Internet Shakespeare Editions

Author: William Shakespeare
Not Peer Reviewed

Two Noble Kinsmen (Quarto, 1634)

The Two Noble Kinsmen.
Say the Schoolemaster's no Clowne:
Duke, if we have pleasd three too
1750And have done as good Boyes should doe,
Give us but a tree or twaine
For a Maypole, and againe
Ere another yeare run out,
Wee'l make thee laugh and all this rout.
1755Thes. Take 20. Domine; how does my sweet heart.
Hip. Never so pleasd Sir.
Emil. Twas an excellent dance, and for a preface
I never heard a better.
Thes. Schoolemaster, I thanke yon, One see'em all re-
1760Per. And heer's something to paint your Pole withall.
Thes. Now to our sports againe.
Sch. May the Stag thou huntst stand long,
And thy dogs be swift and strong:
May they kill him without lets,
1765And the Ladies eate his dowsets: Come we are all made.
Winde Hornes.
Dij Deæq; omnes, ye have danc'd rarely wenches.
Scæna 7.
Enter Palamon from the Bush.
Pal. About this houre my Cosen gave his faith
1770To visit me againe, and with him bring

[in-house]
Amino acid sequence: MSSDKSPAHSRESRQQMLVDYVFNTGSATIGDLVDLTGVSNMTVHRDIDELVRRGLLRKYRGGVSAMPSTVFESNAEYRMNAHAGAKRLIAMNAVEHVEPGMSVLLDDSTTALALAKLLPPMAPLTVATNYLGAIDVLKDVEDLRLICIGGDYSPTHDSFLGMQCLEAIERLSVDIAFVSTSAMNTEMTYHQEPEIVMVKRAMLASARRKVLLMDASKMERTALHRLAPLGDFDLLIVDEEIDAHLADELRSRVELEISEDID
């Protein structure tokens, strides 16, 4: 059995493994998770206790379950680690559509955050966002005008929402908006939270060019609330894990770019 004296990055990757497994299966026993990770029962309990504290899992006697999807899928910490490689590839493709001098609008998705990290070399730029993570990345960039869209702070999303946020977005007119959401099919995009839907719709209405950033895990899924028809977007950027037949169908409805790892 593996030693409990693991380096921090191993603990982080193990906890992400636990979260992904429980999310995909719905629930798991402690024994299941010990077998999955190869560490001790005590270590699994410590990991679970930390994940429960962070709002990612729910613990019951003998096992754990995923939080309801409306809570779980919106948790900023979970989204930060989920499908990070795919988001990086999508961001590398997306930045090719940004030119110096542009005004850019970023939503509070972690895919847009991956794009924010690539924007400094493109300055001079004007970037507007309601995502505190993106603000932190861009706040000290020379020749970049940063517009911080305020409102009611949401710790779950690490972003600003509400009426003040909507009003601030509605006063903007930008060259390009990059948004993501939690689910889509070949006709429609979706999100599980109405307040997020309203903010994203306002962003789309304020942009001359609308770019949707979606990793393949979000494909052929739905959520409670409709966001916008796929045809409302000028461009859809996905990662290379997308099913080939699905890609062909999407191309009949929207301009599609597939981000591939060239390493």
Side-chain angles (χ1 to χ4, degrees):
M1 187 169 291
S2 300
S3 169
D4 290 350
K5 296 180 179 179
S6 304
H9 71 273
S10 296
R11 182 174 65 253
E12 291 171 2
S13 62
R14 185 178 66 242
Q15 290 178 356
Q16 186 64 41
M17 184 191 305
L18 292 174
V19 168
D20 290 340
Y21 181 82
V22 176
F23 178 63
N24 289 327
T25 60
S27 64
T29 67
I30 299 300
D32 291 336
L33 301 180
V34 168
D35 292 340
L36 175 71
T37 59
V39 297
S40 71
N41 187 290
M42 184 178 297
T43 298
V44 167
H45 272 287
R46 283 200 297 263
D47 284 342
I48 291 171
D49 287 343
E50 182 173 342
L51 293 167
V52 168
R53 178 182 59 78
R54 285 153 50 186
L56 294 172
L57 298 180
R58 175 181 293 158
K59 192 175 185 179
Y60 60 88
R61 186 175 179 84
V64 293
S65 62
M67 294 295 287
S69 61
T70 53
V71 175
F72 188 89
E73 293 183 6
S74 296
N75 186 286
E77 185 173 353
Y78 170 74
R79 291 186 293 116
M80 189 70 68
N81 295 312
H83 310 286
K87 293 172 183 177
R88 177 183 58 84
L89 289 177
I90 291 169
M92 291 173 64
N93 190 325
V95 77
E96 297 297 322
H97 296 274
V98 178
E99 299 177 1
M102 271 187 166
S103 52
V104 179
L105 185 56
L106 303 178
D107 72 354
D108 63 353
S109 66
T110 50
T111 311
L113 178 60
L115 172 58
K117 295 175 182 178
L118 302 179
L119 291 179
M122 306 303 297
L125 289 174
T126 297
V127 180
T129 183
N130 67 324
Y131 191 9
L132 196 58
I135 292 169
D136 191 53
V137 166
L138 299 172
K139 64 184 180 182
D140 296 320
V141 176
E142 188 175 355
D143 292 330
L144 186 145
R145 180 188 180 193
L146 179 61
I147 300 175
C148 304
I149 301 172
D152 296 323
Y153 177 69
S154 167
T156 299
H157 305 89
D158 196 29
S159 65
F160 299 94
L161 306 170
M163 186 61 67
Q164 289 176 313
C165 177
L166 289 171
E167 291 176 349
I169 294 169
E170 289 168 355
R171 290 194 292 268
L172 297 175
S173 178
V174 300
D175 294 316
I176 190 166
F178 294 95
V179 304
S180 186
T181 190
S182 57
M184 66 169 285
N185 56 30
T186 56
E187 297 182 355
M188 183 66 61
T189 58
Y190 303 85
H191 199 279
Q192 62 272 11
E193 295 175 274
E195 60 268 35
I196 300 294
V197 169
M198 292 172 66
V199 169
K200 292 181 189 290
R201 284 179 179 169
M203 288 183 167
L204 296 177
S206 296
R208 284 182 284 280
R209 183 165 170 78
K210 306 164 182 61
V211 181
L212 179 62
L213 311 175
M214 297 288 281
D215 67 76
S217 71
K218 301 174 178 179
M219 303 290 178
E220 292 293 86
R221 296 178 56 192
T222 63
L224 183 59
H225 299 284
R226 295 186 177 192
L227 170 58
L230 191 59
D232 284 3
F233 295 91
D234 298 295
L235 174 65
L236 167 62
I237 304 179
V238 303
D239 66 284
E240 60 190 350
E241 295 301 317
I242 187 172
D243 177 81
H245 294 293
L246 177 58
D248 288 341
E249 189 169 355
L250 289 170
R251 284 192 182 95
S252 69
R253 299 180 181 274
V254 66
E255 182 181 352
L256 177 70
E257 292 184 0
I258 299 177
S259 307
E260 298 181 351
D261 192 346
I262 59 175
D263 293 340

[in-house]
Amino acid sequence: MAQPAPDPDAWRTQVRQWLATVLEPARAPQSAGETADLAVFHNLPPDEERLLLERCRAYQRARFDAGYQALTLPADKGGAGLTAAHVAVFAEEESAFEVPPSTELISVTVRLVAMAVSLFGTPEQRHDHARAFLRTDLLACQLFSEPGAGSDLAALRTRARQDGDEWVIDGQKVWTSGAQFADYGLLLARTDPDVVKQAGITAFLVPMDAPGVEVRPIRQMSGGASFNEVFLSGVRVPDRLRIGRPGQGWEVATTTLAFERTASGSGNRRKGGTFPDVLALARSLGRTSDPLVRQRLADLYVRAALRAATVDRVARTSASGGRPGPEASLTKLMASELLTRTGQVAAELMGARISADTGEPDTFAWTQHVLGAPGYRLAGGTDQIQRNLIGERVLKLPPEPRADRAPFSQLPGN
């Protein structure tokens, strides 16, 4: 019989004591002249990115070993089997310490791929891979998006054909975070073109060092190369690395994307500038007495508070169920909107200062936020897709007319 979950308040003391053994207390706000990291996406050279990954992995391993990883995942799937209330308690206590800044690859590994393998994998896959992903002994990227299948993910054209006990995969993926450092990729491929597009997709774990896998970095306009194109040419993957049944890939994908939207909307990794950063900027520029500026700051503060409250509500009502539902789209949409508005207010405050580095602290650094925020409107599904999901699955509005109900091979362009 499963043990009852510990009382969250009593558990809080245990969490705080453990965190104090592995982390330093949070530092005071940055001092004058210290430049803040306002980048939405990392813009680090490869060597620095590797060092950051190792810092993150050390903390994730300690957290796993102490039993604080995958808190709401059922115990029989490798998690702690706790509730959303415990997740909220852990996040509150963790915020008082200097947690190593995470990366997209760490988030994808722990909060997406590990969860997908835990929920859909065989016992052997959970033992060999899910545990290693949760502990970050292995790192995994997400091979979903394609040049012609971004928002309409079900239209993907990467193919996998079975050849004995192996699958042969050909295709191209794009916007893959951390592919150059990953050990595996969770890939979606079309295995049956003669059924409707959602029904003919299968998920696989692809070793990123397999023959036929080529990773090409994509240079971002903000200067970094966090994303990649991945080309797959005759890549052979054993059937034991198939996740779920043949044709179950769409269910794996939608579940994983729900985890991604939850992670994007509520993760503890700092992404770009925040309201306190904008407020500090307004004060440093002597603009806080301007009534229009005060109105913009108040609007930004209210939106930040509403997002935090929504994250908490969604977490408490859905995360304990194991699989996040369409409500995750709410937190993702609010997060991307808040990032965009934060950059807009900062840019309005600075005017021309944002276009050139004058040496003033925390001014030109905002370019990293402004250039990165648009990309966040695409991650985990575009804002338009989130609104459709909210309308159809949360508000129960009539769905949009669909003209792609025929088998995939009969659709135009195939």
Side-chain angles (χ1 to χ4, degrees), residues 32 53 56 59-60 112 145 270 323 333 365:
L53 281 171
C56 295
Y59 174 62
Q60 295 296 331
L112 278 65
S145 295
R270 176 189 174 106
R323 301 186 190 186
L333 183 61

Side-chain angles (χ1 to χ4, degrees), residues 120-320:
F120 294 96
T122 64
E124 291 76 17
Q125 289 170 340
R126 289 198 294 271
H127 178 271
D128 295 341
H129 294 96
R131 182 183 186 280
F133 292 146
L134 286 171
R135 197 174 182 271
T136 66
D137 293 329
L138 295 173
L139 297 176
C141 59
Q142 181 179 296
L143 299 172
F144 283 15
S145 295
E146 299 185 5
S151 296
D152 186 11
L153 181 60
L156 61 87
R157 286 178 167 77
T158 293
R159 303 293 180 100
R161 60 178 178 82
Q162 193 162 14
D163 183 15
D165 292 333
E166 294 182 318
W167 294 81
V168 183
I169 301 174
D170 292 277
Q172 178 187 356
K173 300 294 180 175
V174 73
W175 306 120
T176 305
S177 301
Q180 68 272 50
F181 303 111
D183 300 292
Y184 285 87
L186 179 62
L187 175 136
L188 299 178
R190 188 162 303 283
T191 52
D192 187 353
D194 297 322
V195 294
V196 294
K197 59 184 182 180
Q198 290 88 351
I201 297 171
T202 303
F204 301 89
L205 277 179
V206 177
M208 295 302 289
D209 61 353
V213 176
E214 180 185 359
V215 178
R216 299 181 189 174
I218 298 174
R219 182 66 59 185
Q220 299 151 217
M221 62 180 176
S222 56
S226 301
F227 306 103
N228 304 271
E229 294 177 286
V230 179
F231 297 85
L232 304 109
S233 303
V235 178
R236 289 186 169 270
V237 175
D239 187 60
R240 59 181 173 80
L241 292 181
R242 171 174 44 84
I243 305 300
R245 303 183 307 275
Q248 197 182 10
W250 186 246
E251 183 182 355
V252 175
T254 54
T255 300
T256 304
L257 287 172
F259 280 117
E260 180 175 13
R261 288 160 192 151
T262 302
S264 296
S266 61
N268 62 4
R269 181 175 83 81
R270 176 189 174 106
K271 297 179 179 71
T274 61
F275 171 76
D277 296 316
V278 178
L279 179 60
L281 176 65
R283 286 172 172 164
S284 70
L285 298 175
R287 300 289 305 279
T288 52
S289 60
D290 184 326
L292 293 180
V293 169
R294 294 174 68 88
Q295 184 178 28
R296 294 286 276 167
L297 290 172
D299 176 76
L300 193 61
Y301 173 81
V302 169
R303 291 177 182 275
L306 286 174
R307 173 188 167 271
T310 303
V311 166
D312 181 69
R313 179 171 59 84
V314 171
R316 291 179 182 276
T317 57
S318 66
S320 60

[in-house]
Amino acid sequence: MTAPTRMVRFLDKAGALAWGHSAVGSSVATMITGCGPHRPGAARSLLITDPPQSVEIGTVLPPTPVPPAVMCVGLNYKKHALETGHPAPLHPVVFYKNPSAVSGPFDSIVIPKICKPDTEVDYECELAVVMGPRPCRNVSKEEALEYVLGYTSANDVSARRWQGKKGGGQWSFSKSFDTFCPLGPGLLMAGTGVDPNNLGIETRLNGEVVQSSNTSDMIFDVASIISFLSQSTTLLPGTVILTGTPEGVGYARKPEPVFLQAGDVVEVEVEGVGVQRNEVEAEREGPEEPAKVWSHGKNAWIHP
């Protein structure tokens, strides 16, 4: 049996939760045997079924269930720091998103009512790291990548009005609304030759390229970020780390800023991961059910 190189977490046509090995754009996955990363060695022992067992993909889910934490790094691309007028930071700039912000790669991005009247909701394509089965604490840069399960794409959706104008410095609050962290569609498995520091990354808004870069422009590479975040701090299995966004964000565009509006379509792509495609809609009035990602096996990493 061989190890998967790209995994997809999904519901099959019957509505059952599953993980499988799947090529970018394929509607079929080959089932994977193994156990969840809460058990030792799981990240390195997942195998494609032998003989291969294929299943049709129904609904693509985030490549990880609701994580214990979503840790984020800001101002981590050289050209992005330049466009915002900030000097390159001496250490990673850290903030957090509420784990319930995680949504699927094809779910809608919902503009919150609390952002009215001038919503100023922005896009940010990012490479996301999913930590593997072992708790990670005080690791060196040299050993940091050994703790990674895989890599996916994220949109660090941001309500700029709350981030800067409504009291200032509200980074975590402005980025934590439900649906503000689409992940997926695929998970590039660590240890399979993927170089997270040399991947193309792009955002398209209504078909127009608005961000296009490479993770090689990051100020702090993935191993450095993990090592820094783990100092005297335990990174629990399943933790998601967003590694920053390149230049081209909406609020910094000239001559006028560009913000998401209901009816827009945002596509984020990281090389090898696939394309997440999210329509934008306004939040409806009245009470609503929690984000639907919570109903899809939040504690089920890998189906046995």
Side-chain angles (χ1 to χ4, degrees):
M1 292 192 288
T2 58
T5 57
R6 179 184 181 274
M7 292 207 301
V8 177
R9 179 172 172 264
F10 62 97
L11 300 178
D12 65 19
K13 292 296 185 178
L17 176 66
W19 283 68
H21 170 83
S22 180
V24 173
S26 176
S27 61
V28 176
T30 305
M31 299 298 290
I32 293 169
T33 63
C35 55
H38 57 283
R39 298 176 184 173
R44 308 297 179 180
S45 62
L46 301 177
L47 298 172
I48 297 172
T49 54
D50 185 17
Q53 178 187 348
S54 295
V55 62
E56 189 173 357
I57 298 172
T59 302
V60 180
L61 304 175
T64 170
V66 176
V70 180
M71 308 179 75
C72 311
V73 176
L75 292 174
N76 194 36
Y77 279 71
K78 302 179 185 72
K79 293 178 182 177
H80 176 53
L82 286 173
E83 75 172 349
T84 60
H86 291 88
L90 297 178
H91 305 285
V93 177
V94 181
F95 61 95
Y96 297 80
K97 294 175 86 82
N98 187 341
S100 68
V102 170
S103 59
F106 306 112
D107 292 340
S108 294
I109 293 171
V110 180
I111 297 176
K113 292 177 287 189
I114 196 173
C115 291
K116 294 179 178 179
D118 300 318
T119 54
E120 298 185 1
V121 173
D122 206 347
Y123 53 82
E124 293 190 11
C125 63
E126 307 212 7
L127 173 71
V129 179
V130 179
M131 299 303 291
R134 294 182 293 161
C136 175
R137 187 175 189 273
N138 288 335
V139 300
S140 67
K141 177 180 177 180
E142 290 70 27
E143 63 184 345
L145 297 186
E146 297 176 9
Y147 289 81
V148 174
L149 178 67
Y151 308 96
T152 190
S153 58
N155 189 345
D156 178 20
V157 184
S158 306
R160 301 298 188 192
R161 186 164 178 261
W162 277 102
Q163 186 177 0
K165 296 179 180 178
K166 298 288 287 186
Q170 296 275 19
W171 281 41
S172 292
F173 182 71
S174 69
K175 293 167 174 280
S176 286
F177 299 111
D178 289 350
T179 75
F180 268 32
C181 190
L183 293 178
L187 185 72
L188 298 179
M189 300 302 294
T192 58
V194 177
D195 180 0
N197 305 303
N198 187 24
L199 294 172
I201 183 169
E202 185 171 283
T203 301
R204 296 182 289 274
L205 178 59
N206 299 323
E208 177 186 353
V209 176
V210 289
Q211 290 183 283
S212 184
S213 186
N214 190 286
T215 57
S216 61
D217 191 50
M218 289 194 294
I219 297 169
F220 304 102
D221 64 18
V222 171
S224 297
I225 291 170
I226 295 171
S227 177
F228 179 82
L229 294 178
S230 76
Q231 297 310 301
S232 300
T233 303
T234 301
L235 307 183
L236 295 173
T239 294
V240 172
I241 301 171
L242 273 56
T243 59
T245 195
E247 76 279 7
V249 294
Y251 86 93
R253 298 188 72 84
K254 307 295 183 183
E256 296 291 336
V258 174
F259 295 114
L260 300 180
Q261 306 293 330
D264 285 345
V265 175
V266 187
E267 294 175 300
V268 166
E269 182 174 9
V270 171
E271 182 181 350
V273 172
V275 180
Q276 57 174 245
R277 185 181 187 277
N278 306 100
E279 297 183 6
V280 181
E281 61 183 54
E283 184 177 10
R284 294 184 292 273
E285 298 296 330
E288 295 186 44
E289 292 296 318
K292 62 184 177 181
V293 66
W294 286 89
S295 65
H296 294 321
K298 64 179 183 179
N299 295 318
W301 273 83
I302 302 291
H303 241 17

Two Swords, and two good Armors; if he faile
He's neither man, nor Souldier; when he left me
I did not thinke a weeke could have restord
My lost strength to me, I was growne so low,
1775And Crest-falne with my wants; I thanke thee Arcite,
Thou art yet a faire Foe; and I feele my selfe
With this refreshing, able once againe
To out dure danger: To delay it longer
Would make the world think when it comes to hearing,
1780That I lay fatting like a Swine, to fight
And not a Souldier: Therefore this blest morning
Shall be the last; and that Sword he refutes,
If it but hold, I kill him with; tis Iustice:
So love, and Fortune for me: O good morrow.
Enter Arcite with Armors and Swords.